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whEN thE pROpERty maRkEt StaRtEd tO cRumbLE ENtREpRENEuRS aNdREw SkEENE aNd OmaRI bOwERS REaLISEd It waS tImE tO bRaNch Out. thEy’RE NOw thE fOuNdERS Of gLObaL fOREStRy INvEStmENtS, a cOmpaNy that ExpEctS tO tuRN OvER uS$10m thIS yEaR

Little did London lads Andrew and Omari know in 2007 that an insightful business plan would not only net them millions, but also transform their lives, metamorphosing them into conscientious eco-warriors – offering the opportunity for individuals and companies to purchase carbon credits to help offset emissions – and sympathetic philanthropists, changing the lives of inhabitants in underprivileged parts of Brazil.


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“By teaching basic skills, hopefully we can help create jobs and give something back”

How did you “stumble upon” forestry investments? We already had experience of buying land without planning permission in both the UK and abroad. We had a particular interest in the emerging markets and an opportunity presented itself to purchase a plot of land with planning permission in South America. It just so happened that there was a timber farm based on the plot. We discovered that a lot of hedge funds in the UK and the US were buying agricultural land in South America and Africa, but the hedge funds were only offering this to other hedge funds and large investors. There was a gap in the market for the small retail individual that wanted to get involved in an alternative, sustainable, reliable investment. We also discovered that forestry investments had grown 20 per cent per annum in the past few decades, overtaking the growing rate of the property market in 2007. We bought a small plot of land in Mato Grosso in Brazil, sold it on and made a small profit. Since then Global Forestry Investments have gone from strength to strength. Have you always been environmentally aware? In our previous business we realised eco homes were going to be the houses of the future and began to look into fitting our properties with solar panels, but we moved out of the property market before we could implement this. ¶ When we originally came up with the plan for Global Forestry Investments we have to be honest and say our main objective was to turn a profit. We appreciated the environmental aspects of the business were important but we didn’t truly realise how much until we paid our first visit to Brazil. Meeting the local people and villagers, we knew we could make a real difference by establishing sustainable projects. Do you frequent conferences such as the Global Reporting Initiative? Yes, they have an important role to play in raising awareness of key environmental issues. It’s essential for individuals and companies to know that solutions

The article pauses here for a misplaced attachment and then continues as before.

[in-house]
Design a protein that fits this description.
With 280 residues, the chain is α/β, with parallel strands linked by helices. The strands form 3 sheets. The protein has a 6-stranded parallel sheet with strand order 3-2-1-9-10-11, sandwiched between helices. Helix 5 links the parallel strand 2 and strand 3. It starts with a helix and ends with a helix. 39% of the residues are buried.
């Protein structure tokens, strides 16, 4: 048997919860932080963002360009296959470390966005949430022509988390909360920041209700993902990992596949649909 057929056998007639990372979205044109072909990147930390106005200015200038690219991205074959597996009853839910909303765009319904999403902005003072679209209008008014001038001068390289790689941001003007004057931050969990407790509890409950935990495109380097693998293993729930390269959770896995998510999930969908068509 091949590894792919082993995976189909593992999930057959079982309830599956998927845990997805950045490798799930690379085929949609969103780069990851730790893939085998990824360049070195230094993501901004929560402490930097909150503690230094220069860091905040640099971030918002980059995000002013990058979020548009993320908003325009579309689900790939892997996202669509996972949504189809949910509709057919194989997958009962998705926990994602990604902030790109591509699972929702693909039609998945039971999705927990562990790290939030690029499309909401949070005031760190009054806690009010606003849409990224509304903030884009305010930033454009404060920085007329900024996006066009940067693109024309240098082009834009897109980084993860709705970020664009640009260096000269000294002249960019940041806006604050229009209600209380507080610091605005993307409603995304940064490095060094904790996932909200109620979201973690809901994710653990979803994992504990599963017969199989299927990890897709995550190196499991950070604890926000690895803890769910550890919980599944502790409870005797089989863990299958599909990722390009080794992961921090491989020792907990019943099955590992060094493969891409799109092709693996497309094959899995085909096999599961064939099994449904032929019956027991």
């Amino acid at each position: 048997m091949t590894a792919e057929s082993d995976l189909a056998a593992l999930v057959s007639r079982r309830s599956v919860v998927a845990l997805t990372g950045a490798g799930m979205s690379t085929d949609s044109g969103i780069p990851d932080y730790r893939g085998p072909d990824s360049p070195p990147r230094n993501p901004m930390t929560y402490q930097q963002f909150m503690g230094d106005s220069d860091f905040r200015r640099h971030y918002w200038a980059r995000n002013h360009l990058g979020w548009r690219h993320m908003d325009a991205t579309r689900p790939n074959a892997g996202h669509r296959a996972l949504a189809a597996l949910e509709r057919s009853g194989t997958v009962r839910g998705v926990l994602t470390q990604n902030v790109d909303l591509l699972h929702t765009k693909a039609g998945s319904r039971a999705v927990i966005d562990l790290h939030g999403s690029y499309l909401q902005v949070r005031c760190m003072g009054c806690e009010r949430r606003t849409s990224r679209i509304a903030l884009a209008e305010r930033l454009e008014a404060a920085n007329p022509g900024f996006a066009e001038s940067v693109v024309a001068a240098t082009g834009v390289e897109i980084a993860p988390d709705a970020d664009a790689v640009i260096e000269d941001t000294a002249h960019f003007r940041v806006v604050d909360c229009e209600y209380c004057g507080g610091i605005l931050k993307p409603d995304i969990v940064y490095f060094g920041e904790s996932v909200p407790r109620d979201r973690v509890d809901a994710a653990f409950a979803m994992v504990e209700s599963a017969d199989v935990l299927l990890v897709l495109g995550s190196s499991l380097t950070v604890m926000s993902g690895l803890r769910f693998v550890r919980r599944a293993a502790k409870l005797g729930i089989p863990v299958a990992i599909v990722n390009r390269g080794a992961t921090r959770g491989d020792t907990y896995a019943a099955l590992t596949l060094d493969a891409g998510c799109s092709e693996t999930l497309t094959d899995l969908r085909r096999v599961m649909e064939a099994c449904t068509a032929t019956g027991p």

are out there to help offset carbon emissions. ¶ We are aiming to play our part by launching an internet channel called The Green Stream where we will be interviewing professionals and experts from green industries. We want to make it apparent to people around the world that we need to make a difference now. Did you have a business plan in place for Global Forestry Investments or did you make some of it up along the way? We took six months out to do our due diligence and research the timber markets in Brazil, Russia, India and China. ¶ We wanted to ensure we were fully prepared before moving into a foreign market and it was important to make that move with a business structure in place. ¶ However, once in Brazil, our structure did change. We were inspired by the local people and realised we could reach out to the local communities. There was a distinct lack of education in certain villages, the water supply was generally poor and even daily essentials were hard to come by. This inspired us to set the wheels in motion to build a school to teach the locals how to farm. By teaching basic skills, hopefully we can help create jobs and give something back. We met with other entrepreneurs that had established a school and we want to follow this model. Our first step is to create a village for our management team and workers, followed by a school and finally we hope to establish a performing arts school and sports centre. It’s hugely important that we invest part of our profits back into the country in order to continue our own development and the development of the local people. What percentage of your earnings are you giving back? Firstly, we will plant a new tree or purchase an existing tree in a protected area for every tree an investor purchases. Our new trees are planted in the heart of the Amazon that will remain completely preserved – effectively helping to reforest the depleted Brazilian rainforest. ¶ Secondly, 10 per cent of our profits are being given back to the local Brazilian communities.